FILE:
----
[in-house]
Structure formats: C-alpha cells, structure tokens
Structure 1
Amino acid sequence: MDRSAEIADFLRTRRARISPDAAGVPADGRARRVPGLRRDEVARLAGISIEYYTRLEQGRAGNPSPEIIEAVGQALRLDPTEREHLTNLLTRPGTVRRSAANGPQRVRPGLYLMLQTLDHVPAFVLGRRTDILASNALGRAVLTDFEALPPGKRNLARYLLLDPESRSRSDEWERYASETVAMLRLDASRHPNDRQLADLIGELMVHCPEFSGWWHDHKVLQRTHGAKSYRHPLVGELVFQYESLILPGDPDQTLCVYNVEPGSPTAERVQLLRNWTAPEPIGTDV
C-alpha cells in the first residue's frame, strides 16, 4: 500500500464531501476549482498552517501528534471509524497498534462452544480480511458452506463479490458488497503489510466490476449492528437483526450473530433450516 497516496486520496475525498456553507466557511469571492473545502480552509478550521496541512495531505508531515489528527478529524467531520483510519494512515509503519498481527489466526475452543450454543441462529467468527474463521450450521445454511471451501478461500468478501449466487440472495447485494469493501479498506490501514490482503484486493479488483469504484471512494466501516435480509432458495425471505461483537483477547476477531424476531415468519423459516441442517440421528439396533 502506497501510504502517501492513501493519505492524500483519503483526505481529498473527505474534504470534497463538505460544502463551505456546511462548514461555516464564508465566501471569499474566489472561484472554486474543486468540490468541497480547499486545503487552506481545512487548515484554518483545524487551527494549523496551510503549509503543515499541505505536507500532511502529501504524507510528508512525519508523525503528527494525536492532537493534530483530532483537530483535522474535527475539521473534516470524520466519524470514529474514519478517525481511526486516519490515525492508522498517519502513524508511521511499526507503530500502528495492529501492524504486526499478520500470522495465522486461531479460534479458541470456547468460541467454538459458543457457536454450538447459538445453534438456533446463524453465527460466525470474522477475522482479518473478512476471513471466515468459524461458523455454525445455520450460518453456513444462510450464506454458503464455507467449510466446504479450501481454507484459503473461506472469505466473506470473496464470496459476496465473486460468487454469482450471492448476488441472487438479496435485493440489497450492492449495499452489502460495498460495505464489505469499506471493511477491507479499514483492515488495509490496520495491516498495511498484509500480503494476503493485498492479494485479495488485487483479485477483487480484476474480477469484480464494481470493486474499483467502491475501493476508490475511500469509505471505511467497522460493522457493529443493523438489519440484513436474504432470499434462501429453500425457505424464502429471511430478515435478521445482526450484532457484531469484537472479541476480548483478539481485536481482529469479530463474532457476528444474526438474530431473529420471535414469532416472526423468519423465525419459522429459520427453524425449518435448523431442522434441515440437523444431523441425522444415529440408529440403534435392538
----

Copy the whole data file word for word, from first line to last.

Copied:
[in-house]
Structure formats: C-alpha cells, structure tokens
Structure 1
Amino acid sequence: MDRSAEIADFLRTRRARISPDAAGVPADGRARRVPGLRRDEVARLAGISIEYYTRLEQGRAGNPSPEIIEAVGQALRLDPTEREHLTNLLTRPGTVRRSAANGPQRVRPGLYLMLQTLDHVPAFVLGRRTDILASNALGRAVLTDFEALPPGKRNLARYLLLDPESRSRSDEWERYASETVAMLRLDASRHPNDRQLADLIGELMVHCPEFSGWWHDHKVLQRTHGAKSYRHPLVGELVFQYESLILPGDPDQTLCVYNVEPGSPTAERVQLLRNWTAPEPIGTDV
C-alpha cells in the first residue's frame, strides 16, 4: 500500500464531501476549482498552517501528534471509524497498534462452544480480511458452506463479490458488497503489510466490476449492528437483526450473530433450516 497516496486520496475525498456553507466557511469571492473545502480552509478550521496541512495531505508531515489528527478529524467531520483510519494512515509503519498481527489466526475452543450454543441462529467468527474463521450450521445454511471451501478461500468478501449466487440472495447485494469493501479498506490501514490482503484486493479488483469504484471512494466501516435480509432458495425471505461483537483477547476477531424476531415468519423459516441442517440421528439396533 502506497501510504502517501492513501493519505492524500483519503483526505481529498473527505474534504470534497463538505460544502463551505456546511462548514461555516464564508465566501471569499474566489472561484472554486474543486468540490468541497480547499486545503487552506481545512487548515484554518483545524487551527494549523496551510503549509503543515499541505505536507500532511502529501504524507510528508512525519508523525503528527494525536492532537493534530483530532483537530483535522474535527475539521473534516470524520466519524470514529474514519478517525481511526486516519490515525492508522498517519502513524508511521511499526507503530500502528495492529501492524504486526499478520500470522495465522486461531479460534479458541470456547468460541467454538459458543457457536454450538447459538445453534438456533446463524453465527460466525470474522477475522482479518473478512476471513471466515468459524461458523455454525445455520450460518453456513444462510450464506454458503464455507467449510466446504479450501481454507484459503473461506472469505466473506470473496464470496459476496465473486460468487454469482450471492448476488441472487438479496435485493440489497450492492449495499452489502460495498460495505464489505469499506471493511477491507479499514483492515488495509490496520495491516498495511498484509500480503494476503493485498492479494485479495488485487483479485477483487480484476474480477469484480464494481470493486474499483467502491475501493476508490475511500469509505471505511467497522460493522457493529443493523438489519440484513436474504432470499434462501429453500425457505424464502429471511430478515435478521445482526450484532457484531469484537472479541476480548483478539481485536481482529469479530463474532457476528444474526438474530431473529420471535414469532416472526423468519423465525419459522429459520427453524425449518435448523431442522434441515440437523444431523441425522444415529440408529440403534435392538